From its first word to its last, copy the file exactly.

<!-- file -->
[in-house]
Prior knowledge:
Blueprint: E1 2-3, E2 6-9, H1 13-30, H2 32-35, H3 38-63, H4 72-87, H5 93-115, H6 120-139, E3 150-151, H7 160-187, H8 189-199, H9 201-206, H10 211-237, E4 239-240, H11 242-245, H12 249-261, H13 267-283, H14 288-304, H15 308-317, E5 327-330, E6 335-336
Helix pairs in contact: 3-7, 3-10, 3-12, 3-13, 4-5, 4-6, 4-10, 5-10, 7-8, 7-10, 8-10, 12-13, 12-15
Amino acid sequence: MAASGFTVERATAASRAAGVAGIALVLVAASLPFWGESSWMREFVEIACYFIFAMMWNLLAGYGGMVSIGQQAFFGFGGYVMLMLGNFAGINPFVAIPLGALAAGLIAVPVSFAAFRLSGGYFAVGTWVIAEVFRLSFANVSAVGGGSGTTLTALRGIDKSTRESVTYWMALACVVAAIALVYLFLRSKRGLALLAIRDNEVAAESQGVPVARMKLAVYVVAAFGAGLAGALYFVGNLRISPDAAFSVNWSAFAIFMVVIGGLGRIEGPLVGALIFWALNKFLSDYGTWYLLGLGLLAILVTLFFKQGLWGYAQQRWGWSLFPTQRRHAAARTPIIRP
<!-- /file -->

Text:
[in-house]
Prior knowledge:
Blueprint: E1 2-3, E2 6-9, H1 13-30, H2 32-35, H3 38-63, H4 72-87, H5 93-115, H6 120-139, E3 150-151, H7 160-187, H8 189-199, H9 201-206, H10 211-237, E4 239-240, H11 242-245, H12 249-261, H13 267-283, H14 288-304, H15 308-317, E5 327-330, E6 335-336
Helix pairs in contact: 3-7, 3-10, 3-12, 3-13, 4-5, 4-6, 4-10, 5-10, 7-8, 7-10, 8-10, 12-13, 12-15
Amino acid sequence: MAASGFTVERATAASRAAGVAGIALVLVAASLPFWGESSWMREFVEIACYFIFAMMWNLLAGYGGMVSIGQQAFFGFGGYVMLMLGNFAGINPFVAIPLGALAAGLIAVPVSFAAFRLSGGYFAVGTWVIAEVFRLSFANVSAVGGGSGTTLTALRGIDKSTRESVTYWMALACVVAAIALVYLFLRSKRGLALLAIRDNEVAAESQGVPVARMKLAVYVVAAFGAGLAGALYFVGNLRISPDAAFSVNWSAFAIFMVVIGGLGRIEGPLVGALIFWALNKFLSDYGTWYLLGLGLLAILVTLFFKQGLWGYAQQRWGWSLFPTQRRHAAARTPIIRP